When she saw Korach and his followers approaching their tent to collect On for the final stand against Moses, she sat down at the entrance to the tent, uncovered her lustrous hair, and began to brush it. She understood that this would put Korach and his followers in a dilemma . If they ignored her and proceeded towards the tent, this breach of modesty would undermine their claim to be equally holy to Moses and Aaron.

    Sure enough, upon seeing her so positioned, they turned away, and proceeded on their way without On. On was thus saved from suffering the same fate as Korach and his followers.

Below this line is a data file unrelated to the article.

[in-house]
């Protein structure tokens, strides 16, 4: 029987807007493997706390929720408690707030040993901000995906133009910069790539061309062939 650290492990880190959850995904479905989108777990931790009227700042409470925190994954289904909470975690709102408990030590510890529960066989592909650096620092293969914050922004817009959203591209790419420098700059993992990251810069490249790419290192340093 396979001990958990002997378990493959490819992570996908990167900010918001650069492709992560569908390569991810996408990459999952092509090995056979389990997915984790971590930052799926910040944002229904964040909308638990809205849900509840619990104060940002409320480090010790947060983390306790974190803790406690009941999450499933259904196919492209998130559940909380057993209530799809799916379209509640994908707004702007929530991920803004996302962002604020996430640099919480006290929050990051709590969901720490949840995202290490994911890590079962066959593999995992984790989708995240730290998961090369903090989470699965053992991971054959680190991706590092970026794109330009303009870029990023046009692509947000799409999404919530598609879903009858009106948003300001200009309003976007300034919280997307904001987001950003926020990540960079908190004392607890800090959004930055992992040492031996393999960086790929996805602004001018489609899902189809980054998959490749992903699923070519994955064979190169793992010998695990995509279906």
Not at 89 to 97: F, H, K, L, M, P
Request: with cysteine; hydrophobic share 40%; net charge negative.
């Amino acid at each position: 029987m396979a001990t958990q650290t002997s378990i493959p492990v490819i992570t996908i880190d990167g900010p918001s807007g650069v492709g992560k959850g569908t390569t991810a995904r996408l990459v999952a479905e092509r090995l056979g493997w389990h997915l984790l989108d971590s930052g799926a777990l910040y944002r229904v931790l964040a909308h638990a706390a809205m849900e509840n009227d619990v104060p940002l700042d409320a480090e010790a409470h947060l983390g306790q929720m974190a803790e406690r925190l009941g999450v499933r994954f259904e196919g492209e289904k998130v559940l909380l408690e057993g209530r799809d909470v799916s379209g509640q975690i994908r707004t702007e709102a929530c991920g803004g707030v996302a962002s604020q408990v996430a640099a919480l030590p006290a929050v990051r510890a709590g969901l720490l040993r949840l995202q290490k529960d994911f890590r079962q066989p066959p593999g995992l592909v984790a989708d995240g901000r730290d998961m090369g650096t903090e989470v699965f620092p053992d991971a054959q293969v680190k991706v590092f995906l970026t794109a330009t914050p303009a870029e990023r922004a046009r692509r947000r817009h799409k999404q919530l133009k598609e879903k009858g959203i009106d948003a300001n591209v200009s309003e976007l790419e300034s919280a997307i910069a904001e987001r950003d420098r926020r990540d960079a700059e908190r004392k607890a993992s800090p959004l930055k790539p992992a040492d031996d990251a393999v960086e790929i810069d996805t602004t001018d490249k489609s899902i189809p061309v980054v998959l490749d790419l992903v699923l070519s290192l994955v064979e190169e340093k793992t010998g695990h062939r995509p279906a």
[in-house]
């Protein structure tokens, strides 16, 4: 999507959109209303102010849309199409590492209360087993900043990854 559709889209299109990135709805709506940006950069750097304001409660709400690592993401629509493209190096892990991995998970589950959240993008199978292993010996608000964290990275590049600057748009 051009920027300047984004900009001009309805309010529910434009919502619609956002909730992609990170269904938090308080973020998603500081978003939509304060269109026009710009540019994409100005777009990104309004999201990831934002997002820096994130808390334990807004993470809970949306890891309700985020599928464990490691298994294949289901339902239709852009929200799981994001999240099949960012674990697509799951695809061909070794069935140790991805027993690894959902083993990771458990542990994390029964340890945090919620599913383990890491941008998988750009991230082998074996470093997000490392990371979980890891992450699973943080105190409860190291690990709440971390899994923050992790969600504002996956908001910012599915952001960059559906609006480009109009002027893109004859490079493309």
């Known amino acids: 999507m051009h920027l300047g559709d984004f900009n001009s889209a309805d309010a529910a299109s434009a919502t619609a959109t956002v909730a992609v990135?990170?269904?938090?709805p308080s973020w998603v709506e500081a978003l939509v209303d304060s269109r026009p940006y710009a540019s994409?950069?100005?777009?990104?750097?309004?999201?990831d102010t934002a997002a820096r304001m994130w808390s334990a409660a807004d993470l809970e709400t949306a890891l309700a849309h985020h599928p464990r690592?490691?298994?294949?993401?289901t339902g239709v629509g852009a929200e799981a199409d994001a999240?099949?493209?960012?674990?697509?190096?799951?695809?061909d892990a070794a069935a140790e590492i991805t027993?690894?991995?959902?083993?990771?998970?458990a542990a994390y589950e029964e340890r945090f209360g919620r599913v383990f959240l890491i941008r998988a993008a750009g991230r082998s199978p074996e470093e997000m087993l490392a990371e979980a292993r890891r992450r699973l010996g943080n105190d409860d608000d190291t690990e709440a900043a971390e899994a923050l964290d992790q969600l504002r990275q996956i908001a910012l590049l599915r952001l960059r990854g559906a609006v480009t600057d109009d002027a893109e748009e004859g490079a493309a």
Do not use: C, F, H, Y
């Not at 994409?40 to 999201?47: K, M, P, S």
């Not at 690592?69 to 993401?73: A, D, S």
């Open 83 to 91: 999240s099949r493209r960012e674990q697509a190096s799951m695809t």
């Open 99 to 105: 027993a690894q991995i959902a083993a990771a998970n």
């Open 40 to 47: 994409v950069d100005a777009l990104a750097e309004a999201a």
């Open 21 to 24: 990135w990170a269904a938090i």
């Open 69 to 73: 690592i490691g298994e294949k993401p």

On the other hand, on the words “And Korach took,” the Midrash states that Korach took “etzas ishto,” the advice of his wife; i.e., the challenge to Moses and Aaron was her idea and inspiration. Tradition has it that she urged Korach to challenge Moses for the sake of their family, complaining that Moshe was taking everything for himself and his close family and leaving nothing over for him and the rest of the Levite tribe.

    Korach took her advice and made his infamous challenge against Moses, the man G-d selected to lead the Israelites from the slavery of Egypt to the Promised Land. Sadly, we are told told his wife shared his fate. “The earth beneath them opened its mouth and swallowed them and their houses… They, and all they possessed, descended alive into the grave; the earth covered them up, and they were lost to the assembly.” Numbers, 16:32-33.

    Such is the power of women!